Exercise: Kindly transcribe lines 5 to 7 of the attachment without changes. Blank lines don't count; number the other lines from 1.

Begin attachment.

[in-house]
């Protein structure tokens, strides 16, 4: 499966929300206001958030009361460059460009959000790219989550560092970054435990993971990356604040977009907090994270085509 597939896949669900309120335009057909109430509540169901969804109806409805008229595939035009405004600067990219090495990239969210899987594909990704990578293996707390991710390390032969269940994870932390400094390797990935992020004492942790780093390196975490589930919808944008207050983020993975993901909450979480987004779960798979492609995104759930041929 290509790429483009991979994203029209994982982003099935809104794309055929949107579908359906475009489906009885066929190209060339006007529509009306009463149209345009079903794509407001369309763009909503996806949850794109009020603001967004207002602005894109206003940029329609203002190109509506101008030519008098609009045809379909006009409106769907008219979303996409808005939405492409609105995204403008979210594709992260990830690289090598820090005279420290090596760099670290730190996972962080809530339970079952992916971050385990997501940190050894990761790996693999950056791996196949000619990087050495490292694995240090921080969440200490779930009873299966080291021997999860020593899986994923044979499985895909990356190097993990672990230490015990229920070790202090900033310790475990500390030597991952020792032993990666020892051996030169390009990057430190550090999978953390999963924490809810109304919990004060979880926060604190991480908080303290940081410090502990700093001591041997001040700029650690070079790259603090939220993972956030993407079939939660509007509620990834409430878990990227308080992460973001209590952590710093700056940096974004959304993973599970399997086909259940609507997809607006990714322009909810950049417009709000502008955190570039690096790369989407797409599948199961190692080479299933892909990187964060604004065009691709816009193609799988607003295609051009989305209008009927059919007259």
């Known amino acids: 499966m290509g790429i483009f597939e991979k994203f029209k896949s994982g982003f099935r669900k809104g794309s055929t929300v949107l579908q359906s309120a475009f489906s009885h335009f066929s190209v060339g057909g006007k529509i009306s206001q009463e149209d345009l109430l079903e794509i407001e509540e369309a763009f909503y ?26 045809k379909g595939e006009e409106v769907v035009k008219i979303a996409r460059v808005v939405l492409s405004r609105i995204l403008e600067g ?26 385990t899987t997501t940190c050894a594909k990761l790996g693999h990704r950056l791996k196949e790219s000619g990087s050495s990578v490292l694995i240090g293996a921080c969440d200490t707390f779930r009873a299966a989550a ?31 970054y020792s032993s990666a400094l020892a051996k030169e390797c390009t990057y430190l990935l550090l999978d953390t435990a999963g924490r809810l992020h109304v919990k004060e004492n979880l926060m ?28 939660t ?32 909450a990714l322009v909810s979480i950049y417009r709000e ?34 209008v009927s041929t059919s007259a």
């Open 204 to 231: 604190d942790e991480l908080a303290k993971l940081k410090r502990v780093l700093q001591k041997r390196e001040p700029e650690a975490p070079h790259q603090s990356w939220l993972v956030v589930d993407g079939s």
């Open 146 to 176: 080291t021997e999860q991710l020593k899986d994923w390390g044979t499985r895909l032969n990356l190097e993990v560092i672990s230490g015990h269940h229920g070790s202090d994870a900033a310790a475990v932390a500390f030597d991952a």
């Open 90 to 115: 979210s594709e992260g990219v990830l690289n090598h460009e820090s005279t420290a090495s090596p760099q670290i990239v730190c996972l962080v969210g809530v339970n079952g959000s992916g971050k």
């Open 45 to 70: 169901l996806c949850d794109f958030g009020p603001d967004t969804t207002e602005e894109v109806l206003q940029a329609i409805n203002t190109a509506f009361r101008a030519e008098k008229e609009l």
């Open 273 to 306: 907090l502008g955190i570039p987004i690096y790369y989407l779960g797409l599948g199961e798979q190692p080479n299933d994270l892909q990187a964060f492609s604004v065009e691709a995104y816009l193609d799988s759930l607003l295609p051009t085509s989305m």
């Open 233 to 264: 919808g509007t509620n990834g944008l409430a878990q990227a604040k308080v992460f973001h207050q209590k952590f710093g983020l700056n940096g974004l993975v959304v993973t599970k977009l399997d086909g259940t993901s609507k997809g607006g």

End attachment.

């Open 146 to 176: 080291t021997e999860q991710l020593k899986d994923w390390g044979t499985r895909l032969n990356l190097e993990v560092i672990s230490g015990h269940h229920g070790s202090d994870a900033a310790a475990v932390a500390f030597d991952a």
């Open 90 to 115: 979210s594709e992260g990219v990830l690289n090598h460009e820090s005279t420290a090495s090596p760099q670290i990239v730190c996972l962080v969210g809530v339970n079952g959000s992916g971050k």
């Open 45 to 70: 169901l996806c949850d794109f958030g009020p603001d967004t969804t207002e602005e894109v109806l206003q940029a329609i409805n203002t190109a509506f009361r101008a030519e008098k008229e609009l």